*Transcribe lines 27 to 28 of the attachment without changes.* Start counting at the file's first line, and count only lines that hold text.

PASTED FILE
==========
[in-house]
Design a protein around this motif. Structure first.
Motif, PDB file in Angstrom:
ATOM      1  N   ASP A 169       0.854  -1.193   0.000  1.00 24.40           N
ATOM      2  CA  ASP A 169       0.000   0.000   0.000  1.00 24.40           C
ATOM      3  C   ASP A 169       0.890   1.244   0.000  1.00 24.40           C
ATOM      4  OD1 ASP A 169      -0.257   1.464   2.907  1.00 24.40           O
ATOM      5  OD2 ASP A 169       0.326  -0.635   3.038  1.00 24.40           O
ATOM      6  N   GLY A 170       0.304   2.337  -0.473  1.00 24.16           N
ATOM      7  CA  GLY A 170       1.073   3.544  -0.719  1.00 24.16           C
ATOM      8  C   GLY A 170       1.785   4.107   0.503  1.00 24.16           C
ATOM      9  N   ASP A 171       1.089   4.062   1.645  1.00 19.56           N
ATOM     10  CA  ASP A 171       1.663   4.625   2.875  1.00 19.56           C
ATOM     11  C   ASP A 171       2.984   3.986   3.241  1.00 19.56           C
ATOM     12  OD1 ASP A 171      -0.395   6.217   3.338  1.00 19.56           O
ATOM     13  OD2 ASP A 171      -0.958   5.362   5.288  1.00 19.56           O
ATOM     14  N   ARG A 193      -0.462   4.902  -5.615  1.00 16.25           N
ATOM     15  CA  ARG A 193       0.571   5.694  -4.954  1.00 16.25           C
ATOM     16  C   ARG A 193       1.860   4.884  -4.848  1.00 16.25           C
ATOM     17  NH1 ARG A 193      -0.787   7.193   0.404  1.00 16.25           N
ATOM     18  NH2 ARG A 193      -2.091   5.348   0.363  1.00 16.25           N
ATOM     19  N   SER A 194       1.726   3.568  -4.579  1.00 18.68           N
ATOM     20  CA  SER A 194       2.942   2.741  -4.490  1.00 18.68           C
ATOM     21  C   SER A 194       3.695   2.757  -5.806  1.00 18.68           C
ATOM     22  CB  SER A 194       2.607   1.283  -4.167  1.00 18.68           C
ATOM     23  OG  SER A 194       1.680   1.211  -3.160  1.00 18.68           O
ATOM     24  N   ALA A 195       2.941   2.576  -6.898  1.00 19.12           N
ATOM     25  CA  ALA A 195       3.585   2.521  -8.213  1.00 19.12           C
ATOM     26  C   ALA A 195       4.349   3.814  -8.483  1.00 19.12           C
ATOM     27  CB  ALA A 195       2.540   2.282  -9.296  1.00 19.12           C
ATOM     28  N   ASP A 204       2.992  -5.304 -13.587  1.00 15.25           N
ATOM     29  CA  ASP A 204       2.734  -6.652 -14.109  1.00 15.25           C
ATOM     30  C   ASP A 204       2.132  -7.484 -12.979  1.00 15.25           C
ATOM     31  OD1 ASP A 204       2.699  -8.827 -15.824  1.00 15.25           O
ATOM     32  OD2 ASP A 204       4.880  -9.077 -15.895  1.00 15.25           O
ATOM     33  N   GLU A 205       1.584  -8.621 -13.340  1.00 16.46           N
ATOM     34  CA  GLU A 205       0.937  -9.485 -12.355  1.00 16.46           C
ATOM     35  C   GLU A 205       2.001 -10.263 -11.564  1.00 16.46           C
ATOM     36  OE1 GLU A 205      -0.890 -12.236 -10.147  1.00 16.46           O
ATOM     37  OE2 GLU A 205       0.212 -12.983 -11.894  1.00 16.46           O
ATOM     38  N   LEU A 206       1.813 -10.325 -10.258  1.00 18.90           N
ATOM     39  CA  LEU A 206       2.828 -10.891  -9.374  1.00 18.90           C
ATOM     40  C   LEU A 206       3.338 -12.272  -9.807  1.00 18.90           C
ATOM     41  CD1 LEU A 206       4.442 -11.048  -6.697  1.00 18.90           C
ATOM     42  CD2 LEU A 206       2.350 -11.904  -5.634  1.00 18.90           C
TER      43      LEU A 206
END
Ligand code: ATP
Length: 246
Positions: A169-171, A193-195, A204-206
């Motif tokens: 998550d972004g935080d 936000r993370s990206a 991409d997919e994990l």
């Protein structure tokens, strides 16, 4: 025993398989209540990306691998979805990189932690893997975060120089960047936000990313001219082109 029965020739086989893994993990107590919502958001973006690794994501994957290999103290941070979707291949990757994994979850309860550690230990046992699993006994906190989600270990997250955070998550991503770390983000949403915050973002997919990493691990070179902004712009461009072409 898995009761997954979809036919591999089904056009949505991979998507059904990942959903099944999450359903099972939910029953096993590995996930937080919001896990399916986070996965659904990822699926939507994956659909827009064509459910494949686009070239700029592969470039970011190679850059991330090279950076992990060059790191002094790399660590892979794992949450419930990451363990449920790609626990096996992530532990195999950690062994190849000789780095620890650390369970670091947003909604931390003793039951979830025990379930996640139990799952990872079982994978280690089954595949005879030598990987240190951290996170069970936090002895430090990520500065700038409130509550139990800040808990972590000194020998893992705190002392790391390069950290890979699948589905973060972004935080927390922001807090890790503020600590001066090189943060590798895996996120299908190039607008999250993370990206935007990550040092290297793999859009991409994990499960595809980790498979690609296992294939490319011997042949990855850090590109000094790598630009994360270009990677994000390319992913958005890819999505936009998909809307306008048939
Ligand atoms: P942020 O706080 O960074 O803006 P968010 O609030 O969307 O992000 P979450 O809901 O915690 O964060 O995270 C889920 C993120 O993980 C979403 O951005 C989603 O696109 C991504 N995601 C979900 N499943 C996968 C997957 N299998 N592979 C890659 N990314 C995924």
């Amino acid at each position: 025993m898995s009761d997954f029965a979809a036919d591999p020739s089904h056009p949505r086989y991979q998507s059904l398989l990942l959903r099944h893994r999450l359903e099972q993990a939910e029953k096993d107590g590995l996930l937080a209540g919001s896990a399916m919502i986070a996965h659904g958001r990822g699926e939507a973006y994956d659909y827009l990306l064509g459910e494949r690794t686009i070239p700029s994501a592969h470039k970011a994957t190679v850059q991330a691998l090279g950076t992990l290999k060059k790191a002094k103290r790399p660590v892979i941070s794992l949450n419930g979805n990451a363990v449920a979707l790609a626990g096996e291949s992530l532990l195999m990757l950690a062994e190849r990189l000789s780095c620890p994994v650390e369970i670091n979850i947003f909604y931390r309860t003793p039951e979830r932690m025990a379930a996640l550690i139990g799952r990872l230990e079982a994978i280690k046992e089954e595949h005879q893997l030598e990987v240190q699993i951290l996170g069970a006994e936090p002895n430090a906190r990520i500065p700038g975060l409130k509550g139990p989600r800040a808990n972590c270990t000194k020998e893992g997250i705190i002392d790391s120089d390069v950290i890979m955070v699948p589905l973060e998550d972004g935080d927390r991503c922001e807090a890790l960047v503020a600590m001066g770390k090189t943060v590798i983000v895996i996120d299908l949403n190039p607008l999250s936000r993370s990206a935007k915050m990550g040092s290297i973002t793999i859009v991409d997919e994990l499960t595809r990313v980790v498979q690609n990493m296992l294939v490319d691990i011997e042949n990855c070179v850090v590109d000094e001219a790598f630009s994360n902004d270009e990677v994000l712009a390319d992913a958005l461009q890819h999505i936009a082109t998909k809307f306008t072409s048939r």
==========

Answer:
ATOM     24  N   ALA A 195       2.941   2.576  -6.898  1.00 19.12           N
ATOM     25  CA  ALA A 195       3.585   2.521  -8.213  1.00 19.12           C